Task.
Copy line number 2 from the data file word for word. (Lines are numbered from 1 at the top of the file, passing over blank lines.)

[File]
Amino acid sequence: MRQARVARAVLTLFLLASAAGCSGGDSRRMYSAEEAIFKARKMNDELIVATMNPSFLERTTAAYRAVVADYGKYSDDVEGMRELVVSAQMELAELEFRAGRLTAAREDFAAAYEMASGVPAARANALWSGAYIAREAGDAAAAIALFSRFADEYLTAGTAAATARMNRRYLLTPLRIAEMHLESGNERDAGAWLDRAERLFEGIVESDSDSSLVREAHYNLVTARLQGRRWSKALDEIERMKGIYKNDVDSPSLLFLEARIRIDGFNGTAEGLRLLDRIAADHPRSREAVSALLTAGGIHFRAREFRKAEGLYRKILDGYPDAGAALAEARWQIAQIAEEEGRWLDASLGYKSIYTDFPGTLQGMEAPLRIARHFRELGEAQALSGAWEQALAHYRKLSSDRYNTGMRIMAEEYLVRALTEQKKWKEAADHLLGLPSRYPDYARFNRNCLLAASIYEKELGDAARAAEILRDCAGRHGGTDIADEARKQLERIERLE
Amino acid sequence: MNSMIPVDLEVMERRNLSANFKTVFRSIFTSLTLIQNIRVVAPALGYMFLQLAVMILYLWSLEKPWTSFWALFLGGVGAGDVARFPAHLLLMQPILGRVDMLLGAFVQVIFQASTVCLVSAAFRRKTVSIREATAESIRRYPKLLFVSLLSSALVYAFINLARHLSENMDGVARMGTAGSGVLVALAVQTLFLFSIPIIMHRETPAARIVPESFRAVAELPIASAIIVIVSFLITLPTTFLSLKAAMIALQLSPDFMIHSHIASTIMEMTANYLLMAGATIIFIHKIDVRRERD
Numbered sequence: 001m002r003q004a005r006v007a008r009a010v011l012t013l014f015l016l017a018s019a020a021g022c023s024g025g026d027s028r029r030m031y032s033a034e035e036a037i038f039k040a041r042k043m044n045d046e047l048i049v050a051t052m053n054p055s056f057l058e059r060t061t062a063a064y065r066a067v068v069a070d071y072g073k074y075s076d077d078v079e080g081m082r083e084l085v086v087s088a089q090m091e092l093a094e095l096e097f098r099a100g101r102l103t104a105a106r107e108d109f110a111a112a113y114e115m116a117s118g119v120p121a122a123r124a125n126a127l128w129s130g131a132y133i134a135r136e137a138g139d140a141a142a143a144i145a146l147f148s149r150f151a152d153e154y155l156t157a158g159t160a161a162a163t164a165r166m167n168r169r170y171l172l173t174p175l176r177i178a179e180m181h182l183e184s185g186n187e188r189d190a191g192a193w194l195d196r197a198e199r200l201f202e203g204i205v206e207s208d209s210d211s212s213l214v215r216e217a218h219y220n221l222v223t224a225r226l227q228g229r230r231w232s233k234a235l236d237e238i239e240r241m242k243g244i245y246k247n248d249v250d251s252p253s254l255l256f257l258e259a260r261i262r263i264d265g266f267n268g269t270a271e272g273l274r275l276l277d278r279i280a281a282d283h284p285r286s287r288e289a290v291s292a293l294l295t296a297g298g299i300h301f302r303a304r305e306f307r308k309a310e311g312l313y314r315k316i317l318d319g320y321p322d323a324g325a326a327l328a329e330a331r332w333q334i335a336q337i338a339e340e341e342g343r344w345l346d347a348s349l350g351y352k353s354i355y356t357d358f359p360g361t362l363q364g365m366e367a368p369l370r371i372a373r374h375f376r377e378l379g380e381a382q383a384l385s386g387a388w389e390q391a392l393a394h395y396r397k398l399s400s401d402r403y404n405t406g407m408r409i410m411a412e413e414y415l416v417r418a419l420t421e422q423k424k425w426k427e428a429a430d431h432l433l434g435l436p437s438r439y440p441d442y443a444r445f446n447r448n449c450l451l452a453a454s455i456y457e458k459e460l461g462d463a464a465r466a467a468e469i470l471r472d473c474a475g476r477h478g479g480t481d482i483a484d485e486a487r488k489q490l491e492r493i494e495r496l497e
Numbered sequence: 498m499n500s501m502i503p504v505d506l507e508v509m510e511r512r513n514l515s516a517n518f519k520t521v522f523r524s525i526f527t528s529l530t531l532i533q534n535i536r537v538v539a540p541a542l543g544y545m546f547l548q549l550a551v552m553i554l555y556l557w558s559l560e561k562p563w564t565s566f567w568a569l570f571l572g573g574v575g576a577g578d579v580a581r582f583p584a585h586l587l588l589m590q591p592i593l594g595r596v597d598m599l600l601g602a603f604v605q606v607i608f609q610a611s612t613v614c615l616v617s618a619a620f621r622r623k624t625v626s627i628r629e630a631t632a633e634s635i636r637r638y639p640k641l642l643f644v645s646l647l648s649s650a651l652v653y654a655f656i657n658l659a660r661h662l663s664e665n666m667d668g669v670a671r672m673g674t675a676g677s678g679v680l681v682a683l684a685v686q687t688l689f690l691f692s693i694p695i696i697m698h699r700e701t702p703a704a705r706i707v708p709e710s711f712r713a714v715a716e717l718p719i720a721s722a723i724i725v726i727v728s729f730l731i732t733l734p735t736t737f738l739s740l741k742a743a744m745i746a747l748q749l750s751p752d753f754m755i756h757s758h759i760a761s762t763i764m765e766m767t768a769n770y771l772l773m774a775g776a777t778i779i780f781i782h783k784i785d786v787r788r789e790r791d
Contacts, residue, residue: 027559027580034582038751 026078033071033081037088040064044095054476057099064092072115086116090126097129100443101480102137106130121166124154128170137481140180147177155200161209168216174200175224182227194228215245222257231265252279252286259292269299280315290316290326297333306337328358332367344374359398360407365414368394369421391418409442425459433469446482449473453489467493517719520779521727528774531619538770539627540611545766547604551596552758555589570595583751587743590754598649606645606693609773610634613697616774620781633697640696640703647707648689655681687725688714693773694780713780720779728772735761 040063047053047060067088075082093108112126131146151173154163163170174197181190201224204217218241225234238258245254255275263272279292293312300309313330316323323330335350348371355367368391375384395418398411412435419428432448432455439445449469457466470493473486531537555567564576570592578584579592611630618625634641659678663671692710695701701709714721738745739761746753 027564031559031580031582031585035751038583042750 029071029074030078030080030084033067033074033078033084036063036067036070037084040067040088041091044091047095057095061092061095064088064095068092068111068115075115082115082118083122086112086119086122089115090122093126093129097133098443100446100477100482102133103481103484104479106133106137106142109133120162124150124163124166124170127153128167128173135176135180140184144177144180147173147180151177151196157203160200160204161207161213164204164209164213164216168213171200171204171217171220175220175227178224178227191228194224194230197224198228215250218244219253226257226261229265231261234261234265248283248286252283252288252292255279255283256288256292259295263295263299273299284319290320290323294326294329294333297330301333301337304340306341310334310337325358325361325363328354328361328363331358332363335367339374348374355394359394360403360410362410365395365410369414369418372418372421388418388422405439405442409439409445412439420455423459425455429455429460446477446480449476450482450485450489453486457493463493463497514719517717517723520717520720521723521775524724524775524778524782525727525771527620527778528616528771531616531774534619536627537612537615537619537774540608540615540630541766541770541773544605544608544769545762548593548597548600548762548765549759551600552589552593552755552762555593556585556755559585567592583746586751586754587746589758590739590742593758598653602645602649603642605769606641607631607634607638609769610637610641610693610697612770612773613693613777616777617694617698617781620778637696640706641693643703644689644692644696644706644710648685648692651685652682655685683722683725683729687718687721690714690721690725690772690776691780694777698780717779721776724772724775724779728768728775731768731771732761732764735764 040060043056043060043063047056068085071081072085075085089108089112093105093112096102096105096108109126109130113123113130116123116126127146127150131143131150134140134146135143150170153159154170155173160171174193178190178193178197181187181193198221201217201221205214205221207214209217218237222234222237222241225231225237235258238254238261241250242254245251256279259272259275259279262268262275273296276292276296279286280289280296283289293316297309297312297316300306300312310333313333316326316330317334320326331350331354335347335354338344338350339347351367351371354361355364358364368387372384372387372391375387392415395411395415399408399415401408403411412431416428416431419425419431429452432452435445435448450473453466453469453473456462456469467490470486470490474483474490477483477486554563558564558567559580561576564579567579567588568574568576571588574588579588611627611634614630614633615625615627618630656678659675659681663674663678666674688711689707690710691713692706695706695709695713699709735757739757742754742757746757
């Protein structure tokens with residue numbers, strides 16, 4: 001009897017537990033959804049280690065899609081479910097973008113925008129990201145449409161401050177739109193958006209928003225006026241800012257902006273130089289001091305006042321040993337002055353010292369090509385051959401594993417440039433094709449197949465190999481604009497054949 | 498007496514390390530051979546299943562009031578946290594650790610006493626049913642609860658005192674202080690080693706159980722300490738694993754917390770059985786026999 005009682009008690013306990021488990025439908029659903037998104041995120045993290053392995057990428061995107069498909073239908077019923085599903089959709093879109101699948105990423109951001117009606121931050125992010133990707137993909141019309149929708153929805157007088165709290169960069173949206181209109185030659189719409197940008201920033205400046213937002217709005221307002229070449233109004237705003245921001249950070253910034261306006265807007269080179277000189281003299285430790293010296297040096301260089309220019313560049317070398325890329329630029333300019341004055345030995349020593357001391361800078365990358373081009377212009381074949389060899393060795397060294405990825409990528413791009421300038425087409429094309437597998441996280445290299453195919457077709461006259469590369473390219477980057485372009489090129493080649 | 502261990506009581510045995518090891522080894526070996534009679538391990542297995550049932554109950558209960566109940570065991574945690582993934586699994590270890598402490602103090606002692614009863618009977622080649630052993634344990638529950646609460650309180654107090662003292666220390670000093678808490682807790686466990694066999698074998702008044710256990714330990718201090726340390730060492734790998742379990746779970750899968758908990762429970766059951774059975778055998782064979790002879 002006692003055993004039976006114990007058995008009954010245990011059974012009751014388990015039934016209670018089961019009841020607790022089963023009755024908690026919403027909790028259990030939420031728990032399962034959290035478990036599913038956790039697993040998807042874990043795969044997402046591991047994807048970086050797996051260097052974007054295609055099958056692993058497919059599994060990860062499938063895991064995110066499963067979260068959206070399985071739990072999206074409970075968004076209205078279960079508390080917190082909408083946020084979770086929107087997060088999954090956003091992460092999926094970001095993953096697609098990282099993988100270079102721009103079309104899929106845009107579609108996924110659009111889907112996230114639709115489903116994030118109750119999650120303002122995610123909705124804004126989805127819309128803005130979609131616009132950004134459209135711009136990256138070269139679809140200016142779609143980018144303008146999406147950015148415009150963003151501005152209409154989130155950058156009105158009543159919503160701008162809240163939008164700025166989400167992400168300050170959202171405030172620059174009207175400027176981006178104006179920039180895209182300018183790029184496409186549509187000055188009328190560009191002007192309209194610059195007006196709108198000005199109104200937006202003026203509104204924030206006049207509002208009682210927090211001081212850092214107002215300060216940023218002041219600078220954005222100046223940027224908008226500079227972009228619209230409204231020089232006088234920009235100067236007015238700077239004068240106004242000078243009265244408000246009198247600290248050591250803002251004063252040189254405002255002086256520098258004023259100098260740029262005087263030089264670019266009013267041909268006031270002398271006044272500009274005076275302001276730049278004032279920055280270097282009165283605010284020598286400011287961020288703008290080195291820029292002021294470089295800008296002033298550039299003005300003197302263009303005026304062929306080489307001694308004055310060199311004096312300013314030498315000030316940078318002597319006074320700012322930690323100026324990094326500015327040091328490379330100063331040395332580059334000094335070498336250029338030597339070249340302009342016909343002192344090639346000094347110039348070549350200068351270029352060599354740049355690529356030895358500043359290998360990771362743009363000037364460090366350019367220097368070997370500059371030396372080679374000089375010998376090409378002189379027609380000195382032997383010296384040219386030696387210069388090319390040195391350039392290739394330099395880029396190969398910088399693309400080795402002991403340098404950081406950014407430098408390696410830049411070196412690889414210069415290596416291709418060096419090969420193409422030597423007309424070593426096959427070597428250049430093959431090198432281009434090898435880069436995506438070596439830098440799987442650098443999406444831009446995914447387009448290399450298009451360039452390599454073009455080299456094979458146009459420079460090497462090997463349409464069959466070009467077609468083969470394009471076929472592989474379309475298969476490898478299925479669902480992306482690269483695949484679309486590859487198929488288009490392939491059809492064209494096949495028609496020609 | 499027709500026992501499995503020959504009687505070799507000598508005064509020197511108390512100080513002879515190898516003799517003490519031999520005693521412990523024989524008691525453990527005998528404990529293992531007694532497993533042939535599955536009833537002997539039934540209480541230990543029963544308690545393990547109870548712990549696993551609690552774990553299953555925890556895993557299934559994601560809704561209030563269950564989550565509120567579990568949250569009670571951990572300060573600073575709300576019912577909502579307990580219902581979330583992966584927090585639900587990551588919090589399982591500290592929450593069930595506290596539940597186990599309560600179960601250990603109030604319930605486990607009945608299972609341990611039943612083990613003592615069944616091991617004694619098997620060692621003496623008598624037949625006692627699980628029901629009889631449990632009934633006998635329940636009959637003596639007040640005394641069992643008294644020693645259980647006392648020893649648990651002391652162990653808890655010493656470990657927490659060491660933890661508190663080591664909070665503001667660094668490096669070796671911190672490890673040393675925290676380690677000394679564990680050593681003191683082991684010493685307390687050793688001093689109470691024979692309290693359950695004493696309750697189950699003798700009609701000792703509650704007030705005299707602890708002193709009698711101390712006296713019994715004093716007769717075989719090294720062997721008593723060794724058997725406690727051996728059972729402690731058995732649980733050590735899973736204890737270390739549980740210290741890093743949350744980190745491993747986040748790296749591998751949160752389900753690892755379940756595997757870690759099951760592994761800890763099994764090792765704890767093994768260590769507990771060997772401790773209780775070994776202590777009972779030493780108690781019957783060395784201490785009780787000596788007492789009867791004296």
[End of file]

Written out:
Amino acid sequence: MNSMIPVDLEVMERRNLSANFKTVFRSIFTSLTLIQNIRVVAPALGYMFLQLAVMILYLWSLEKPWTSFWALFLGGVGAGDVARFPAHLLLMQPILGRVDMLLGAFVQVIFQASTVCLVSAAFRRKTVSIREATAESIRRYPKLLFVSLLSSALVYAFINLARHLSENMDGVARMGTAGSGVLVALAVQTLFLFSIPIIMHRETPAARIVPESFRAVAELPIASAIIVIVSFLITLPTTFLSLKAAMIALQLSPDFMIHSHIASTIMEMTANYLLMAGATIIFIHKIDVRRERD